“I’ve gotten to help people on the other side of the table, but the experience I’ve gotten has also been invaluable,” senior and first-year financial coach Daniel Weirenga said. “I may get to help them, but they help me more because you sit in the classroom and you read the book, and you learn about it, but you don’t really get the chance to apply it that often. This gives you a way to apply it in a lower stress environment and ultimately make you a little more comfortable in those client meeting situations.”

Started in 2019 by Dr. Stacie Rhodes, associate dean of the School of Business and executive director of the Center for Financial Literacy, the program allows future financial planners to bring their lessons outside the classroom and apply them in real-life situations. It was created as a branch of the Center for Financial Literacy, which opened in 2018 in partnership with the Ron Blue Institute.

“God talked about money, materials, and possessions more than any other subject in the Bible. As such, we believe it is imperative that we have these money conversations around our belief system about God and money,” Rhodes said, noting that the program’s core verse is 1 Timothy 6:6. “Imagine if we had a culture that pursued both godliness and contentment. We believe these one-on-one conversations in our peer financial coaching sessions are the breeding ground for these life-changing concepts.”

Coaches face a variety of questions from students hoping to gain control of their finances, such as “How can married couples merge finances?” “Am I spending too much?” and “How do I manage my savings if I’m not making money?” Through attacking each problem head-on, they help clients find financial stability.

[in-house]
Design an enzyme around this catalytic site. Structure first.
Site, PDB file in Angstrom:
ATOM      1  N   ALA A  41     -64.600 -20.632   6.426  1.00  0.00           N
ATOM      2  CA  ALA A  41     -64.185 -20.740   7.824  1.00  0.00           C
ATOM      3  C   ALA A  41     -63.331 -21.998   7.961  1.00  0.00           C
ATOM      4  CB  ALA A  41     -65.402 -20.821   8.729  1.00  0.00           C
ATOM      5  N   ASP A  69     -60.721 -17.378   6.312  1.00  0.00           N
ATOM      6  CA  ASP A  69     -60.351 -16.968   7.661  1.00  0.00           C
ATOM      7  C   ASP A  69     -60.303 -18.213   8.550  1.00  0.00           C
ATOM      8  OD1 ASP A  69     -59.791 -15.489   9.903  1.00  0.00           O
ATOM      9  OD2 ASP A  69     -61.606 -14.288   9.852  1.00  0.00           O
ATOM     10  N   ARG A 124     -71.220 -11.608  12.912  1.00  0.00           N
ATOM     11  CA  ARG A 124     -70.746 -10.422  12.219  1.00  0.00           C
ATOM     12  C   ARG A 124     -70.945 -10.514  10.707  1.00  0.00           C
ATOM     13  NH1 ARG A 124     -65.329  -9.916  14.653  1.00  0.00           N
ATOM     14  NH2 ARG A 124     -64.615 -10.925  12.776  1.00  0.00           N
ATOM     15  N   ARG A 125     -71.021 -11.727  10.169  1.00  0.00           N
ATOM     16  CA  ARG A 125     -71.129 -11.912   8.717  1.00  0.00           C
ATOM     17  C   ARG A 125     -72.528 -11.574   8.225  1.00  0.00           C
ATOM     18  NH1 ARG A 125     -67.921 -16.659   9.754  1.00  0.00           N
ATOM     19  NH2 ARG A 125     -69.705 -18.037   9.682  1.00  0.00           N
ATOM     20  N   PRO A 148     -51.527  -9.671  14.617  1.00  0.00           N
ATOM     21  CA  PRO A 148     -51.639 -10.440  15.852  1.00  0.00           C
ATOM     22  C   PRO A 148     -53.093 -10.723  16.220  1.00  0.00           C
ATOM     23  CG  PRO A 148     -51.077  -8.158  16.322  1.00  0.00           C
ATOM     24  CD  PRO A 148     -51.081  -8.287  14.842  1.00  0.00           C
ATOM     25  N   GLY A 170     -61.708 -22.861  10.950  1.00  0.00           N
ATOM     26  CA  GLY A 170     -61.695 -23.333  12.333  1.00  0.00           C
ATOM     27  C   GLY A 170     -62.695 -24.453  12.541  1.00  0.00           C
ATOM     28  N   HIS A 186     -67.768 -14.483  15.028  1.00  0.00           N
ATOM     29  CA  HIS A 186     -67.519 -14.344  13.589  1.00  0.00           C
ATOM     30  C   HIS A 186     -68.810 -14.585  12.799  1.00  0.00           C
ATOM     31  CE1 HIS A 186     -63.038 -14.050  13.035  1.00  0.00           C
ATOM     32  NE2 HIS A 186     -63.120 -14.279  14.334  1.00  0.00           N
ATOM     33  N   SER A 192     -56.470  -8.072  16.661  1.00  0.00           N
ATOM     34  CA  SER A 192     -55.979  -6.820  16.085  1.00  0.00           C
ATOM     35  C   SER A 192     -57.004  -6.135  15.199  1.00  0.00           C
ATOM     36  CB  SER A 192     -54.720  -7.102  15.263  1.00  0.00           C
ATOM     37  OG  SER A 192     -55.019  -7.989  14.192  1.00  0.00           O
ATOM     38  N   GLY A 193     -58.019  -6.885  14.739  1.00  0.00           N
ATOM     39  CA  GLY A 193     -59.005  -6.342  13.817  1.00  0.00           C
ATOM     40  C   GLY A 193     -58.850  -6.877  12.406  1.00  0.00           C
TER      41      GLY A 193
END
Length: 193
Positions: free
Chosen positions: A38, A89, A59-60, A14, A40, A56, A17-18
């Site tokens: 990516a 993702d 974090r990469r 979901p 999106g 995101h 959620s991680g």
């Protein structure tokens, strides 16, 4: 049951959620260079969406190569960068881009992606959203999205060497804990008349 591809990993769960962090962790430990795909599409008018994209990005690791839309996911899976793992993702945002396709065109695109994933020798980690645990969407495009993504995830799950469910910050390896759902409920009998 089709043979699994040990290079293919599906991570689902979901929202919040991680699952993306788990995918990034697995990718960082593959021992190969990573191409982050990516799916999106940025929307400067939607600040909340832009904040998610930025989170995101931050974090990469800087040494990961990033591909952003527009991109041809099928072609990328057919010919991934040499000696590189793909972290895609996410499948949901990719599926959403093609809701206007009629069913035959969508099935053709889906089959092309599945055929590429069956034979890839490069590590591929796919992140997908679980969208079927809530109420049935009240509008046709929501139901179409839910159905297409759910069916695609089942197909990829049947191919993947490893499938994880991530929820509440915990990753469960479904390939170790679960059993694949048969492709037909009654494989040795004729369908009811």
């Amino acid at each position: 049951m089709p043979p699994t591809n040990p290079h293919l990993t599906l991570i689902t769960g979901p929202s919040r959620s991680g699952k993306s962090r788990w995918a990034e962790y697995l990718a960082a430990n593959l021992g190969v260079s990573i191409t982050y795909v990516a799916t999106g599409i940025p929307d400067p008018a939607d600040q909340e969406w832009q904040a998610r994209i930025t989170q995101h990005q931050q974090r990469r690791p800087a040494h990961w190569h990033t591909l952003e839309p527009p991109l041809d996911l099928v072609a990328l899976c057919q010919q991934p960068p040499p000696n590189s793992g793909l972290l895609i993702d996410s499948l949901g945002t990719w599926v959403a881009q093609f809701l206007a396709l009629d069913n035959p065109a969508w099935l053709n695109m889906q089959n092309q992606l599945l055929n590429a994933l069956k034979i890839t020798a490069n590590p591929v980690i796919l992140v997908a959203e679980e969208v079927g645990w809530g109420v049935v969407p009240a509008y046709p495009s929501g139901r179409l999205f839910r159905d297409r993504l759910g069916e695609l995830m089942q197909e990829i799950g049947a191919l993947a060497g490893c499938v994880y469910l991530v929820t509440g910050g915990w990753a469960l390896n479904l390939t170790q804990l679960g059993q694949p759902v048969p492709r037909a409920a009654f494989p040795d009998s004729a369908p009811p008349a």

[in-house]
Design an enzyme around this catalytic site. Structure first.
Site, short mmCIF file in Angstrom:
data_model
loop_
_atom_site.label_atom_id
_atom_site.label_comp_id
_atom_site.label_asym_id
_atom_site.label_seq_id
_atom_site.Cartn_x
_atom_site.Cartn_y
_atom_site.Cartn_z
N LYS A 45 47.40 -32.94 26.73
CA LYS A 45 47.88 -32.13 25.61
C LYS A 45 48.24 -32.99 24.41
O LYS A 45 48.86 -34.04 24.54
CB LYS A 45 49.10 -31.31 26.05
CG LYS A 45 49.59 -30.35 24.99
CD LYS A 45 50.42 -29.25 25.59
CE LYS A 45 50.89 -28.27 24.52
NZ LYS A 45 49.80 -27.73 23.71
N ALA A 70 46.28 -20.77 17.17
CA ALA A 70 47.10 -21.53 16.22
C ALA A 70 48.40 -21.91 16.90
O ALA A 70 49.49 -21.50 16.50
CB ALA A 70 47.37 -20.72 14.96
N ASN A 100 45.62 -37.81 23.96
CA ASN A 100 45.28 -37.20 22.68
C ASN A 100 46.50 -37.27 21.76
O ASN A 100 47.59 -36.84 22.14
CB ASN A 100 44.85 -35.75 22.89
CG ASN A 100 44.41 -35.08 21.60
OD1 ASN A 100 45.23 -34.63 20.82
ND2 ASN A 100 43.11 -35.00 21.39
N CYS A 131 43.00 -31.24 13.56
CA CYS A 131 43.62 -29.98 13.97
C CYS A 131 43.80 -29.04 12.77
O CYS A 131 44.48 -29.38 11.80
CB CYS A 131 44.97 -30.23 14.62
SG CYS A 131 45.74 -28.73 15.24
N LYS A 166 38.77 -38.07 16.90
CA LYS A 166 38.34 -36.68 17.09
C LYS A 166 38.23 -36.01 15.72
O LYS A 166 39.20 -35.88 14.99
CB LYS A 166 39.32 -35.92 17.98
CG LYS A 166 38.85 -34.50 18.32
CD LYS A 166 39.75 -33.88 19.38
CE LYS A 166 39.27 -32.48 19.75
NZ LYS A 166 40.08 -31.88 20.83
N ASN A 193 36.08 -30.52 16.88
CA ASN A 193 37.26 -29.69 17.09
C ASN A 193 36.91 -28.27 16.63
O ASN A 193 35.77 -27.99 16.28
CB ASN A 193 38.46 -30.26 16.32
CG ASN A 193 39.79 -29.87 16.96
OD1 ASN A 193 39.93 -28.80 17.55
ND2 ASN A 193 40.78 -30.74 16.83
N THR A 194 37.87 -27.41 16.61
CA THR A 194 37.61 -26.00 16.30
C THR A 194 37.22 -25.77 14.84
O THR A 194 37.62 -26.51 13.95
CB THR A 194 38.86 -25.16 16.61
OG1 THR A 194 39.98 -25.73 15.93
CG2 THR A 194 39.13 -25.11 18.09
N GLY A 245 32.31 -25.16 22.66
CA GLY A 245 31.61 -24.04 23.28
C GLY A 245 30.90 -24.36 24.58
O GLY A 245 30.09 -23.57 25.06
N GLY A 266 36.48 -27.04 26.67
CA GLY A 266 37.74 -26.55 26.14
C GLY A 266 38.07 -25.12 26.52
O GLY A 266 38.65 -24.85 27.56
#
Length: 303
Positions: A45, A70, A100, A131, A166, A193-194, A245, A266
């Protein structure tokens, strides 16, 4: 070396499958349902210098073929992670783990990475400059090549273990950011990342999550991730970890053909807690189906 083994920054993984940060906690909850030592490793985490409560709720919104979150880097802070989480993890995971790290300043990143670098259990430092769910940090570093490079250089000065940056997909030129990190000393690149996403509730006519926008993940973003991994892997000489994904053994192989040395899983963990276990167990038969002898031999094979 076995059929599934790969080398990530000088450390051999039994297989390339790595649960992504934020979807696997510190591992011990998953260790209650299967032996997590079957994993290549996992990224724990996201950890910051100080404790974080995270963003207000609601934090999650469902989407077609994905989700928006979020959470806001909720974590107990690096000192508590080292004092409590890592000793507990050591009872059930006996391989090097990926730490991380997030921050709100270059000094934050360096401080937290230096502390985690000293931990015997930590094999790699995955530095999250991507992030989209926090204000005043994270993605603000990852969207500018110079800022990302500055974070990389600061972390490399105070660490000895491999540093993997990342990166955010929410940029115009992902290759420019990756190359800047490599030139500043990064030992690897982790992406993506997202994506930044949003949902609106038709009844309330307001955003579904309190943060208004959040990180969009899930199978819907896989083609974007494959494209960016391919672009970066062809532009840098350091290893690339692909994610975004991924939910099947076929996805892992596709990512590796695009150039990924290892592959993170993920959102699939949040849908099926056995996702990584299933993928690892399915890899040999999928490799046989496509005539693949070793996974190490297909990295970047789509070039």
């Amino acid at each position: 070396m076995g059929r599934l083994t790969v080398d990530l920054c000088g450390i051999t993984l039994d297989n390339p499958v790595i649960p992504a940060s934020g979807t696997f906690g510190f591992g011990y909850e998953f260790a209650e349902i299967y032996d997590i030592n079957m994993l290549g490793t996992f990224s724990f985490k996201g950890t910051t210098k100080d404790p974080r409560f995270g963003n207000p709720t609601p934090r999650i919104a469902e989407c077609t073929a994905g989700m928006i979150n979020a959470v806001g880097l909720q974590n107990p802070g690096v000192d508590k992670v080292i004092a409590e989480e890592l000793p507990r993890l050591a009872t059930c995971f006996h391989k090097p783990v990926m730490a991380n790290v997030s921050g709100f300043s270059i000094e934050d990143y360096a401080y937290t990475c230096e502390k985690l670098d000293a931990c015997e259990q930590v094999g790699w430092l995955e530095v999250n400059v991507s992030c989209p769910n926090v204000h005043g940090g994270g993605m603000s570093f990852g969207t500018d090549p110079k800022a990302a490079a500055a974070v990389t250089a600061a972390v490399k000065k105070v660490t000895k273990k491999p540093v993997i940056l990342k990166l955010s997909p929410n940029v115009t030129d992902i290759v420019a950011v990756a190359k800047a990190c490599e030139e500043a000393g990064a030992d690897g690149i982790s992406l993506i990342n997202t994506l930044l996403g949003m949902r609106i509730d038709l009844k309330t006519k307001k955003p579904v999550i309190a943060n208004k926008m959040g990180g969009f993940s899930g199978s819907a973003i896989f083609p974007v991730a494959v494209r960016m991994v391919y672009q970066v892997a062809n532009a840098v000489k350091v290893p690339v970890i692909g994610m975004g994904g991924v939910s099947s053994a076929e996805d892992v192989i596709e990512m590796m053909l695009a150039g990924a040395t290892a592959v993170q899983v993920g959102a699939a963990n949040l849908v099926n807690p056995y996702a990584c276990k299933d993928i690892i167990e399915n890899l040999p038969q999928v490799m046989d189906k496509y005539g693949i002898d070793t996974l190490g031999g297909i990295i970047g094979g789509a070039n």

According to Ericks, the heart of financial stability lies in creating and sticking to a budget. While many people may view budgets as restrictive and unnecessary, Ericks argued that budgets actually allow people to spend the money that they have earned.

“The biggest reason to plan is just to reduce a lot of stress,” he said. “I’ve had people come into coaching meeting on the verge of tears because they’re not sure how they’re going to pay their rent or things like that, and we work through a plan and they come out of the meeting with a burden that has just gone off their shoulders because they have a plan; they understand, ‘I’m going to be OK.’”

Weirenga agreed these are important lessons to learn for students preparing to make major life transitions.

“At Liberty, they try to train you to be a Champion for Christ, so they put a lot of focus on that Christian aspect. Part of being equipped for that in the real world, once you get out of college, is (being responsible for) your finances, and I think that a lot of people with high intelligence haven’t taken the time to actually learn these concepts that help you throughout all of life,” he said. “Financial stability coming out of college is huge because it sets you up for the rest of your life. You can only jump so high as the platform you’ve built.”

Liberty provides ample training for the student coaches. In January, the School of Business hosted 16 local financial professionals to provide pointers on how to speak with clients. The student coaches conducted a mock client meeting and were critiqued by the special guests.

Following the training session, Lynchburg Regional Business Alliance CEO Megan Lucas led the group through an “etiquette dinner” to help prepare them for future business dinners they may attend.


Students, faculty, and staff can schedule a financial coaching session through the Center for Financial Literacy website.